Jonestown

by robinhardwick

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Today I did something I’ve been meaning to do for a while: visiting the Jonestown Memorial at the Evergreen cemetery. I didn’t feel my intention was to gawk at it; I wanted to pay my respects but also: yes, I am fascinated with Jim Jones and the Peoples Temple. The memorial is the burial place for about 400 unclaimed bodies. Four hundred. It’s alarming that nearly half the victims were not claimed.

It’s no secret that I am fascinated by cults and the ability of their leaders to capture the trust and admiration of so many. I feel a connection to cults because in some way, if I were to live in another time or under specific circumstances, I would be a perfect target for cults. [In fact, I’m a tad bit insulted that I haven’t been recruited by one.] I get it. Finding a purpose and finding a community are probably the biggest desires of most people. Cults, no doubt, give people that. [So does organized religion, the “acceptable” type of cults that exist.]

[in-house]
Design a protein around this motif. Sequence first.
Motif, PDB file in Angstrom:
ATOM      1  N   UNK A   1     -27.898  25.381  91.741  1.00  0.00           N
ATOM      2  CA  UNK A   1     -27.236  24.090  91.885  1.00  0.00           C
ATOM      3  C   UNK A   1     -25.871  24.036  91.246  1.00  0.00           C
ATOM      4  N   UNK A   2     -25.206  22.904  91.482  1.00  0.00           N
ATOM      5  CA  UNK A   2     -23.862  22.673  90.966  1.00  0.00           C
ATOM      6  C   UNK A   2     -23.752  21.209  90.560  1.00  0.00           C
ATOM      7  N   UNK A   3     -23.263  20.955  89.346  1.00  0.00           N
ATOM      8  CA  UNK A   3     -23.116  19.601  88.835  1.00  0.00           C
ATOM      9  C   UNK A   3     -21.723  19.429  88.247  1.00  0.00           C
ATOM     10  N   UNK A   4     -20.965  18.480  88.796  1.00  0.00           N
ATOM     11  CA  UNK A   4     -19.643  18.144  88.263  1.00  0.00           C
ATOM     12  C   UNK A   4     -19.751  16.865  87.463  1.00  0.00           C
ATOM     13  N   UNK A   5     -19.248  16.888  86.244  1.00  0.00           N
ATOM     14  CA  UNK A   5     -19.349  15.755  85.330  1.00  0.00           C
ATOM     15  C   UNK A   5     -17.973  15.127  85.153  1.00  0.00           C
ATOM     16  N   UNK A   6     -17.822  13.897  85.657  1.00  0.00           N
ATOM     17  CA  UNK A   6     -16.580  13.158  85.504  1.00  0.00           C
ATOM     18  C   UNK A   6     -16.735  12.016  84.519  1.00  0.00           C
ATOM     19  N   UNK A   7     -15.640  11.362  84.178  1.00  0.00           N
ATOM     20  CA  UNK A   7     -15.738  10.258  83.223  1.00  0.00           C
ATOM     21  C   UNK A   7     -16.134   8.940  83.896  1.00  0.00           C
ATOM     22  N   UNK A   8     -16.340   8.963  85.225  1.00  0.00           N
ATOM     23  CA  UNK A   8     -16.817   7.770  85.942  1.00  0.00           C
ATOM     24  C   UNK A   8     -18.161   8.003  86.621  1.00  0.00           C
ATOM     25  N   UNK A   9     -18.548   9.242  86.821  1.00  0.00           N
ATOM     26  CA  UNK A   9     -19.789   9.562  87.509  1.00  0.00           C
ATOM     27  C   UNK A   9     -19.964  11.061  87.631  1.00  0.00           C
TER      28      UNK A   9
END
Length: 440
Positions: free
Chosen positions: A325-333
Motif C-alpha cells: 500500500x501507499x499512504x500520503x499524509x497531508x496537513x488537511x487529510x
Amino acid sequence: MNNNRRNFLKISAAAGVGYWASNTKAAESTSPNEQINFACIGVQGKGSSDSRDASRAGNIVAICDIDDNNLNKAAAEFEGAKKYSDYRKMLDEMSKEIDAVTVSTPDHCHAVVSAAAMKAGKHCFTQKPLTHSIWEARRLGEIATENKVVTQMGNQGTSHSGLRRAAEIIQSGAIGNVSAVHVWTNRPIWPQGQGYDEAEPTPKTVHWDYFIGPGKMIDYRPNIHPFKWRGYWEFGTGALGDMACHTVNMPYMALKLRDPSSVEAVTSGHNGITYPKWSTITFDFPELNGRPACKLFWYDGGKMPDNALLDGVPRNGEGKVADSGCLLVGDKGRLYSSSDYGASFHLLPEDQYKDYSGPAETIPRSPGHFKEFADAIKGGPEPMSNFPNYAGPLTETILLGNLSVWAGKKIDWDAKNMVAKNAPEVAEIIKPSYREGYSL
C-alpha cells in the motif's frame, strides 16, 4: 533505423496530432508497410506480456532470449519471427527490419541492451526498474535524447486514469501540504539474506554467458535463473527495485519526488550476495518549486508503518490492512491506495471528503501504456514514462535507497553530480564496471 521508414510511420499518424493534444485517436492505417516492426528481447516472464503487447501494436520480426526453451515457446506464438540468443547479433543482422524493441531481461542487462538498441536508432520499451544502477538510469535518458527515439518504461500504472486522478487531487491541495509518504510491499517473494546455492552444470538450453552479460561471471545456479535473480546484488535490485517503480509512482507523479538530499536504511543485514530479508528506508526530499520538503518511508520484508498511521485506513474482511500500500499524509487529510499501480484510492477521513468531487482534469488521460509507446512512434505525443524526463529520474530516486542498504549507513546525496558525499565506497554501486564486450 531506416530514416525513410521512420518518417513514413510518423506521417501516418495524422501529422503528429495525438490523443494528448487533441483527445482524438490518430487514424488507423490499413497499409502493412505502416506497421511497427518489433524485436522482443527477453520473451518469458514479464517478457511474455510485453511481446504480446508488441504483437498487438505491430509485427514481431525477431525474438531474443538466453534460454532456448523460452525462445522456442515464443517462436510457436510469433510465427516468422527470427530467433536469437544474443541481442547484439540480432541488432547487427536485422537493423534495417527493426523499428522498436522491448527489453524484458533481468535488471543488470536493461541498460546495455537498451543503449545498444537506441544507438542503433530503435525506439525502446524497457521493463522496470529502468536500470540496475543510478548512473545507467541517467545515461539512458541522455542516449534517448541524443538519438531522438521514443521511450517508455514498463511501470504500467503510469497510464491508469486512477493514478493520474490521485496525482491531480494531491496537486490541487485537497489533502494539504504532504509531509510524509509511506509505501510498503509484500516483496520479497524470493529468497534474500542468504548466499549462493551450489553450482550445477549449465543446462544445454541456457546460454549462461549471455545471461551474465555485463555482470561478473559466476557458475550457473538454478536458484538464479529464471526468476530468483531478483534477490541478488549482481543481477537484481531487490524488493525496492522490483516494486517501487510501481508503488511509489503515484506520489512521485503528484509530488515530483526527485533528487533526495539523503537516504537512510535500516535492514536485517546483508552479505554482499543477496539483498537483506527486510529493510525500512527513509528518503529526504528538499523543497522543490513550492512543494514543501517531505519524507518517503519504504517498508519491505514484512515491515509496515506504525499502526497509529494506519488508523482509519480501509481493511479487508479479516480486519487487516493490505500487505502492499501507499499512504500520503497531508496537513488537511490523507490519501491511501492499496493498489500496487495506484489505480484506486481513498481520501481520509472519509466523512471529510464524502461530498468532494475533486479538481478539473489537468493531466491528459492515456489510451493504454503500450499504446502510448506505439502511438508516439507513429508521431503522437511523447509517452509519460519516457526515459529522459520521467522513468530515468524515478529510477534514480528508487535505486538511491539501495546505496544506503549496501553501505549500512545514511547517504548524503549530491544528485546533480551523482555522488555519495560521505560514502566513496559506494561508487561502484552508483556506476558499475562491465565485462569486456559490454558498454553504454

Of course, I would recommend the documentary Jonestown: The Life and Death of Peoples Temple [the full movie is on youtube, below.] The irony is, at the beginning of the movement, The Peoples Temple represented a lot of radical ideas that most embrace now: racial equality, care and support for the elderly, universal healthcare, etc. Not that Jim Jones himself espoused the ideals he was speaking of; there was various affairs, sexual assaults, political bribes, etc.

The survivors’ guilt of the former members is a pain I can never even begin to imagine.

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